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The dictator's orphans

Najem Wali on the moral bankruptcy of the Arab Writers Union

About a month ago, the Arab Writers Union held a general meeting in Cairo. Representatives of subdivisions from all Arab countries attended, with the exception of Iraq. This is nothing new for Iraqi writers; they also missed the conferences in Damascus in 2004 and Algiers in 2005. What is new is that the president of the Egyptian writer's union, previously known in his capacity as secretary to Naguib Mahfouz, explained to journalists before the conference that all subdivisions of the union had been invited with the exception of "the union that was created by the Iraqi government following the occupation." This union was suspected of maintaining relations "with the Zionist enemy."

Maybe the president of the Egyptian union, already known to be destined to become the president of the umbrella organisation, simply wanted to spare the Iraqis the arduous trip to Cairo so that they wouldn't be subjected to the indignity of being thrown out of their hotel (Arabian hospitality!), as happened in 2005 in Algiers – although the three conferences were financed by the Arab League, to which the currently "occupied" Iraq is proud to belong.

Anyone who seriously believes that the Iraqi delegation was excluded for the reasons named by the president will be chastened to learn that all Arab writers unions, including the Egyptian, are financed and overseen by the politicians of their respective countries. The accusation of collaboration with the "Zionist enemy" is an invention of the Arabic racist lexicon, a chewing gum term for local, supposedly "revolutionary" consumption and for official professional promotion.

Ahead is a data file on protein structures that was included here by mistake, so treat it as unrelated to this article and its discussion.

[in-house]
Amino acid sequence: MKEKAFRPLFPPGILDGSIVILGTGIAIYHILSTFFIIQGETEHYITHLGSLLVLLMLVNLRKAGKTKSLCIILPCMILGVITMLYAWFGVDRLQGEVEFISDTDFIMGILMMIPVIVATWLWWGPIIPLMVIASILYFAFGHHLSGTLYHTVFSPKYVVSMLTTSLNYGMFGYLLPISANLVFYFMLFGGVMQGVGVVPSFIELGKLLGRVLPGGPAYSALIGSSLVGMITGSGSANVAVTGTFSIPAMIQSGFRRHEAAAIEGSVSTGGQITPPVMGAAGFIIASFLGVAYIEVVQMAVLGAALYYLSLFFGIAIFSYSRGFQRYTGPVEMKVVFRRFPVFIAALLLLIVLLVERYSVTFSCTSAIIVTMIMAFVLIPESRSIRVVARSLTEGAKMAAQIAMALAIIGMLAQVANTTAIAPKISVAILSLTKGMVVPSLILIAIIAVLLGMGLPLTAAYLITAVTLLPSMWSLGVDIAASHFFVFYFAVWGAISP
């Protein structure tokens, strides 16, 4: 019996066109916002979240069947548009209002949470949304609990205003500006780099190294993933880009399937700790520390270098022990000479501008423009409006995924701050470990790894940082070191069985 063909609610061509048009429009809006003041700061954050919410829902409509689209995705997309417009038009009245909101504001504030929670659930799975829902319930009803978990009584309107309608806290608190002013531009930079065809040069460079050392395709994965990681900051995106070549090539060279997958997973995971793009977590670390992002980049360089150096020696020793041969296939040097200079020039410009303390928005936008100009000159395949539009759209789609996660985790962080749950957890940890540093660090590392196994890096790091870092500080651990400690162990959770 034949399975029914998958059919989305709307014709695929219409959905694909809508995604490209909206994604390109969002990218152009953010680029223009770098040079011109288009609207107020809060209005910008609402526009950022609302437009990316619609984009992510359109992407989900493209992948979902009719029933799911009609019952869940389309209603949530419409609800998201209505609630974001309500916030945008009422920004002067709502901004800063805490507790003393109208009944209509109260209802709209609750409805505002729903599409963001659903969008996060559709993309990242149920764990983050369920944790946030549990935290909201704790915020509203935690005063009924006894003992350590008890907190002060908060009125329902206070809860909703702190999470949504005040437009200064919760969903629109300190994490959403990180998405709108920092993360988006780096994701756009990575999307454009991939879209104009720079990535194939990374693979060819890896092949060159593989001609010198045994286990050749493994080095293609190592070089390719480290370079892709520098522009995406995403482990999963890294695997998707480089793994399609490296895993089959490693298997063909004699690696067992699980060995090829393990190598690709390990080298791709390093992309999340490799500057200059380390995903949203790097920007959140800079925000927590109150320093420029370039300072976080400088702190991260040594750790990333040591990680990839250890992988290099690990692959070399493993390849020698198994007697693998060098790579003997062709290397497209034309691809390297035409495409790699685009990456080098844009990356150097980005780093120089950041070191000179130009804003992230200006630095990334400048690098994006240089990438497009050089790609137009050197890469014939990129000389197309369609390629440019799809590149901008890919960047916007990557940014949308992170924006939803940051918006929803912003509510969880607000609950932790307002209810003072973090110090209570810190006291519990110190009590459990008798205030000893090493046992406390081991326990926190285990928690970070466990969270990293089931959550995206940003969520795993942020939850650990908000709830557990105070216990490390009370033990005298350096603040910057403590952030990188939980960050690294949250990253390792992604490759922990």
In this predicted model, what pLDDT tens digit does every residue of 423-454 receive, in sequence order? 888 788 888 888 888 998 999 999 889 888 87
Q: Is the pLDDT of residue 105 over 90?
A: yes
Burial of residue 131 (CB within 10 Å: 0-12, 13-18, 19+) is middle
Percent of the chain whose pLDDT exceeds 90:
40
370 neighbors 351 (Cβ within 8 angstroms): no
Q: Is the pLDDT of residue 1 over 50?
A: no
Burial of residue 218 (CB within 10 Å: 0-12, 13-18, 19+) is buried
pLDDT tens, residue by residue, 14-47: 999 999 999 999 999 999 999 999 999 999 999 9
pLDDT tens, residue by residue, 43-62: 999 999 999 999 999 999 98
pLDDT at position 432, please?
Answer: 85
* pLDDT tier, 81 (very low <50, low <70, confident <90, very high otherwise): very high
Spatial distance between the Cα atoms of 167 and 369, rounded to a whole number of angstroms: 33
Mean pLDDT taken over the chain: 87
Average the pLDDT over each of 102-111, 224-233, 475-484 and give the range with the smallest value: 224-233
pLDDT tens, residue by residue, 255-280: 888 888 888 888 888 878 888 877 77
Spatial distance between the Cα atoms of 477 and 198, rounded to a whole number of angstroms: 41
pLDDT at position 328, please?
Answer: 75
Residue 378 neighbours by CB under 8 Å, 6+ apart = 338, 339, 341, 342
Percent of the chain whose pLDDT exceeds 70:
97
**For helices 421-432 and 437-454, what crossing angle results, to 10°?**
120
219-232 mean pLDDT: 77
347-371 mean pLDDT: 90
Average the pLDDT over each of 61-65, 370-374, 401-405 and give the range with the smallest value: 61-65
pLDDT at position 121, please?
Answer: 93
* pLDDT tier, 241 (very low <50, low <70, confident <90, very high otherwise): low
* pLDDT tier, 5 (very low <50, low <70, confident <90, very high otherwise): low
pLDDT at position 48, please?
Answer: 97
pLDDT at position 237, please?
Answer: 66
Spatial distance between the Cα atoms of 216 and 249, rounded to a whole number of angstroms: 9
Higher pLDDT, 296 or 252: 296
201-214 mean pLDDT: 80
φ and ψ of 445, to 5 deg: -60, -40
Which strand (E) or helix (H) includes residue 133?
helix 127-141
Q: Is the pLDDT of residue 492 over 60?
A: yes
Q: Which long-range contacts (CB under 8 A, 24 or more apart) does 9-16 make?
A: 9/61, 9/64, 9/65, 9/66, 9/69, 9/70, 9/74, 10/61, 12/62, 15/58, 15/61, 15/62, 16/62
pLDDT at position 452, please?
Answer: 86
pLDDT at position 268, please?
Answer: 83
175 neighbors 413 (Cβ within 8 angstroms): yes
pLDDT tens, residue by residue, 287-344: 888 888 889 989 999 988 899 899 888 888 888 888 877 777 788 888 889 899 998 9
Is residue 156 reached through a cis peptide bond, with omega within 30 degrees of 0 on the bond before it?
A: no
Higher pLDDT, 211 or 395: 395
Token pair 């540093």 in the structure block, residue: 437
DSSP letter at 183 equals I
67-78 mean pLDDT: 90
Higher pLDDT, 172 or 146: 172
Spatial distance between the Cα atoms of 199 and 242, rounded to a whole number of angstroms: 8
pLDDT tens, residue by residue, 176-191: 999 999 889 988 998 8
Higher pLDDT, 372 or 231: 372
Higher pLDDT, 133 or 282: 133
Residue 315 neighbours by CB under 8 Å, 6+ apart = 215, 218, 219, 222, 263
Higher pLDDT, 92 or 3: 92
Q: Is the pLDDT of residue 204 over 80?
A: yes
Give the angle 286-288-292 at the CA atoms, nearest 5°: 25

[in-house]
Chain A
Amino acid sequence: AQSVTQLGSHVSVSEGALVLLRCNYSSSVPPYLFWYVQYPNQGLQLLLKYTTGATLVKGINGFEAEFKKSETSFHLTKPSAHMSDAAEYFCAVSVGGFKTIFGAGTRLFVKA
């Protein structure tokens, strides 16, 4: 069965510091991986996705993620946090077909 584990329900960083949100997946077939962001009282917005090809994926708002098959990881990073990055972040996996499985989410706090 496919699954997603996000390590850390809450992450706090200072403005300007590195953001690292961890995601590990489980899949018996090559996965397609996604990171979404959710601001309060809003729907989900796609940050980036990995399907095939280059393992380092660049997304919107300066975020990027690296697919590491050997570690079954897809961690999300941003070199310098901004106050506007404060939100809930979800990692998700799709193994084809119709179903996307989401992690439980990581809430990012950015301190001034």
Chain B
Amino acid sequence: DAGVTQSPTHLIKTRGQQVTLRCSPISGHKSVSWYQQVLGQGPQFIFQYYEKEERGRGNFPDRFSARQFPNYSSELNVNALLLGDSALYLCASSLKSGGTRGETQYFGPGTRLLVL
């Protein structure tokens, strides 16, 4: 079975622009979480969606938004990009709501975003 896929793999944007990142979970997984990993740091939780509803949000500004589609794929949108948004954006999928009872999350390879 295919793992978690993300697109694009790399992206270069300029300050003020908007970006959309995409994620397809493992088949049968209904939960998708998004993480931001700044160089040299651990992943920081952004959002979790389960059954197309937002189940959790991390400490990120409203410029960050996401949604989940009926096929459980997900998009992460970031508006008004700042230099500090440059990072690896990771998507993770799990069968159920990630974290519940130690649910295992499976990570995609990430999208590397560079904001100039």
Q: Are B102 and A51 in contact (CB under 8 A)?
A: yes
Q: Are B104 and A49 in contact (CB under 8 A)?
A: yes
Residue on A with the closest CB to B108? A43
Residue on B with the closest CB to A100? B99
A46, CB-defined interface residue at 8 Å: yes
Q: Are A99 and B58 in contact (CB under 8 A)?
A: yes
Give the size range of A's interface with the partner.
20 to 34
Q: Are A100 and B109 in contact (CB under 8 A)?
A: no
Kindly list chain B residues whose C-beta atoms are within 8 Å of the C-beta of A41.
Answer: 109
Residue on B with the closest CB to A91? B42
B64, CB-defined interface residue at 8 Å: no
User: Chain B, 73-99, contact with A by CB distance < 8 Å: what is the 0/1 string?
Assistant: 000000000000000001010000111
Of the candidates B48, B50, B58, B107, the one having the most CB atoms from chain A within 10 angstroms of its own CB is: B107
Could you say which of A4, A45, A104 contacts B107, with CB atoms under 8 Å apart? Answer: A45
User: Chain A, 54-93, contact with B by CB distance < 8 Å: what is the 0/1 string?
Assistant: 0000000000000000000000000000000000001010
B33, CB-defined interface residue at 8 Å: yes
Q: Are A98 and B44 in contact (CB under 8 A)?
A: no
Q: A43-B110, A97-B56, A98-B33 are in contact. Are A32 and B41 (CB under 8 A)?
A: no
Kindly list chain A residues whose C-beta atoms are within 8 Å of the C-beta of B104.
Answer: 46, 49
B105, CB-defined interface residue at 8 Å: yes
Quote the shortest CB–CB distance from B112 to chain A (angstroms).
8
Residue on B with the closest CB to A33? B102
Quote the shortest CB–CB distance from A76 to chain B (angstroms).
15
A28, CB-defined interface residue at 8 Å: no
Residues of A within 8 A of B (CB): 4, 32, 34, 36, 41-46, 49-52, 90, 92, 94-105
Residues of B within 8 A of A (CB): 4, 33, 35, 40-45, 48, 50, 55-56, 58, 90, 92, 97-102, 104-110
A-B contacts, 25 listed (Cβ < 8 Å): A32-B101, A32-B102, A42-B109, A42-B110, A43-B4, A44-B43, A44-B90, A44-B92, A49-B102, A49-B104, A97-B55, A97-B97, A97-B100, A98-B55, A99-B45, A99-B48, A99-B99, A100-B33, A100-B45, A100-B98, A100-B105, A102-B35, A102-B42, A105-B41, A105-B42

Nonetheless, the charge that Iraq is working together with "the enemy America and the occupation" spreads through the feuilletons of the Arabic papers like a virus to which Iraqi writers fall victim. Not because they are responsible for the occupation but because Egypt and the states that American President Bush described in his last speech as "moderate Arab states" - Jordan, Saudi-Arabia and the Golf States, all of whose unions took part in the conference – wouldn't survive a day without their American "friend".

For 35 years, during the rule of the Baath party, the union of Iraqi writers was formally and organisationally bound to the so-called "Special office," which was directly responsible to the ruling party. This meant that the entire union had to follow the ideological and political line of Saddam Hussein's so-called "National information office." At the time, it was under the directorship of Tariq Aziz, who was directly and personally subject to Saddam Hussein. The election procedure in the writer's union was strictly regulated. To qualify for the office of the president, one had to fulfil very specific requirements: the candidate had to demonstrate "intellectual immaculateness" and "pure Arabic origin." And he had to conduct his work together with the "People's militia" and "Saddam's Fedayeen."

When Saddam's son Uday entered the political arena, he took responsibility for culture and sport, was for years the president of the Olympic committee as well as the writers and journalists unions. The dictator's eldest son did away with existing administrative principles and created new ones, according to his whim. These are only a few "democratic" facts about the state of culture during the dictatorship which are lamented by the men of letters registered in the writers union. And they are facts that are certain to have been well known to the representatives of the Arab writers unions who were active in various legislative periods.